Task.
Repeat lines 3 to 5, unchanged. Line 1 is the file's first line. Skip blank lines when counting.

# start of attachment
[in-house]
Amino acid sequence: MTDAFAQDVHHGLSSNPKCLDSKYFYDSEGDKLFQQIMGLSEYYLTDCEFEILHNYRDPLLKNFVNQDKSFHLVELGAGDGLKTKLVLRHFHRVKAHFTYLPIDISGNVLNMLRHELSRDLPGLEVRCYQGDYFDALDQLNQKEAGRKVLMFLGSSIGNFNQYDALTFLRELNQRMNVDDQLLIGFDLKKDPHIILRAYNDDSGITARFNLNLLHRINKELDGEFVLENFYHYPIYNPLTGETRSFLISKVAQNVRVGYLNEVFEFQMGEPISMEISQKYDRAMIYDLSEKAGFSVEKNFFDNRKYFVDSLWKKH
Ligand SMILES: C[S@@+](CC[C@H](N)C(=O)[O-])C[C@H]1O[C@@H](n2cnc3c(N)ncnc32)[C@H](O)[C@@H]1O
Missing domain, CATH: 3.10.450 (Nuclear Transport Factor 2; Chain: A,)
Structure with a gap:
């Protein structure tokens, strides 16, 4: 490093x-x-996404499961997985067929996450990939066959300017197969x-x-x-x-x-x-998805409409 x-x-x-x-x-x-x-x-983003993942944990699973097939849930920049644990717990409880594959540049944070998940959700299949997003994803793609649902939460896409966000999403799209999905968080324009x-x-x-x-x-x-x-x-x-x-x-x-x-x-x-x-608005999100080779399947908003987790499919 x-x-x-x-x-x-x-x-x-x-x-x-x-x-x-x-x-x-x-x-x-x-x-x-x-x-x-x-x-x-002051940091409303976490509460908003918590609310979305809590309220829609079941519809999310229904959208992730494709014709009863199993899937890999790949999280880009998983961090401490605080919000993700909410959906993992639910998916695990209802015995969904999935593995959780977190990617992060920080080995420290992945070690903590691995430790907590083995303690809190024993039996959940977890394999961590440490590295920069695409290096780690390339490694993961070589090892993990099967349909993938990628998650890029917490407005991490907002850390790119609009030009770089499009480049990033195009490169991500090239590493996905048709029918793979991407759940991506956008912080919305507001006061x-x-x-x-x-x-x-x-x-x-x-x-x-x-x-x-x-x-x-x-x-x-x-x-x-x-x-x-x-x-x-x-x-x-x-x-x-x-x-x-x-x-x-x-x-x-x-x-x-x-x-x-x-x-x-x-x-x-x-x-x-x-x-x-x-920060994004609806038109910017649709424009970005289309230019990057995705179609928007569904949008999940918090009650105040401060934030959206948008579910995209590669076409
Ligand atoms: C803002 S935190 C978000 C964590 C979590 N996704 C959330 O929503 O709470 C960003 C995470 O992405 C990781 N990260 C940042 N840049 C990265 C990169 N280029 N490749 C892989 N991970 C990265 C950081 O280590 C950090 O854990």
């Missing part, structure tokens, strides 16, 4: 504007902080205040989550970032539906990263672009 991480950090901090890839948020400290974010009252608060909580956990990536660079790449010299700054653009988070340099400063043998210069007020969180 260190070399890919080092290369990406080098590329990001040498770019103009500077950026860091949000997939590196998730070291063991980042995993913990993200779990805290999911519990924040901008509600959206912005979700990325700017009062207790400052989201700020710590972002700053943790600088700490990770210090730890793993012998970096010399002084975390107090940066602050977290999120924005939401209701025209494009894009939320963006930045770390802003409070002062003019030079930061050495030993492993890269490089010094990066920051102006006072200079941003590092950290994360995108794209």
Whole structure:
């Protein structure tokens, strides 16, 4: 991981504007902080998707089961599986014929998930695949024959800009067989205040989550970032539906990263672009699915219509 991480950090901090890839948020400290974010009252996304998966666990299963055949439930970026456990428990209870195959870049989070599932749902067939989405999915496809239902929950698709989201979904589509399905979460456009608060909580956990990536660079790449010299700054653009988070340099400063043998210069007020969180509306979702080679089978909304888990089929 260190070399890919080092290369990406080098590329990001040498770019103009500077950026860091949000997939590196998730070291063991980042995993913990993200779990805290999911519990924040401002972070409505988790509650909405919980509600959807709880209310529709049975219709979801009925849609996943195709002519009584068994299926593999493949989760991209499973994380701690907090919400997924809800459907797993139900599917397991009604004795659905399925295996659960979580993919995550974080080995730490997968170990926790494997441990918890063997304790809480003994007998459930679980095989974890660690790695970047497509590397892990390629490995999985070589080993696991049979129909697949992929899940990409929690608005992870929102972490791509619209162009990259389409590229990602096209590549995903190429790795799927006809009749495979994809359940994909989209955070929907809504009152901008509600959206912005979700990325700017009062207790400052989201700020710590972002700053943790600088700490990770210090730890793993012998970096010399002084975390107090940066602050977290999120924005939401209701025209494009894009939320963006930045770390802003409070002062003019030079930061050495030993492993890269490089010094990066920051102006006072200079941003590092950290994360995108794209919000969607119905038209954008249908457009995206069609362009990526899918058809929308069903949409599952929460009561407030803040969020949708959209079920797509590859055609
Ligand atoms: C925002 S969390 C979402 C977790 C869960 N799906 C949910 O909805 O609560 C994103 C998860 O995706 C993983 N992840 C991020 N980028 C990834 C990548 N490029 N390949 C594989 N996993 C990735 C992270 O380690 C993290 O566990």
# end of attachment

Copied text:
Ligand SMILES: C[S@@+](CC[C@H](N)C(=O)[O-])C[C@H]1O[C@@H](n2cnc3c(N)ncnc32)[C@H](O)[C@@H]1O
Missing domain, CATH: 3.10.450 (Nuclear Transport Factor 2; Chain: A,)
Structure with a gap: